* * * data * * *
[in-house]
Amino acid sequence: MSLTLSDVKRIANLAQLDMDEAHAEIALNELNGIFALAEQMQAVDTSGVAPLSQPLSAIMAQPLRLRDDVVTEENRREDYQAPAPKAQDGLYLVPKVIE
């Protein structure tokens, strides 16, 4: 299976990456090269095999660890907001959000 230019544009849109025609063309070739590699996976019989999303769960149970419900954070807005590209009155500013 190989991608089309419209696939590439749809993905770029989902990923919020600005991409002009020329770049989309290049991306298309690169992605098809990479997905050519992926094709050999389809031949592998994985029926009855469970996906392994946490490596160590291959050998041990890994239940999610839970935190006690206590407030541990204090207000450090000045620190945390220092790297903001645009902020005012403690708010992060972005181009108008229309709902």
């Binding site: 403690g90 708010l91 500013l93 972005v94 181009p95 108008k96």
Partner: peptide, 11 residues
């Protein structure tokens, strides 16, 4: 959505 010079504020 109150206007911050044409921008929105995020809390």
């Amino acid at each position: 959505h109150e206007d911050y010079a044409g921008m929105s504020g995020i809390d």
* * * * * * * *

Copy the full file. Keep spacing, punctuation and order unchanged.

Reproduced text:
[in-house]
Amino acid sequence: MSLTLSDVKRIANLAQLDMDEAHAEIALNELNGIFALAEQMQAVDTSGVAPLSQPLSAIMAQPLRLRDDVVTEENRREDYQAPAPKAQDGLYLVPKVIE
């Protein structure tokens, strides 16, 4: 299976990456090269095999660890907001959000 230019544009849109025609063309070739590699996976019989999303769960149970419900954070807005590209009155500013 190989991608089309419209696939590439749809993905770029989902990923919020600005991409002009020329770049989309290049991306298309690169992605098809990479997905050519992926094709050999389809031949592998994985029926009855469970996906392994946490490596160590291959050998041990890994239940999610839970935190006690206590407030541990204090207000450090000045620190945390220092790297903001645009902020005012403690708010992060972005181009108008229309709902």
């Binding site: 403690g90 708010l91 500013l93 972005v94 181009p95 108008k96």
Partner: peptide, 11 residues
């Protein structure tokens, strides 16, 4: 959505 010079504020 109150206007911050044409921008929105995020809390």
């Amino acid at each position: 959505h109150e206007d911050y010079a044409g921008m929105s504020g995020i809390d």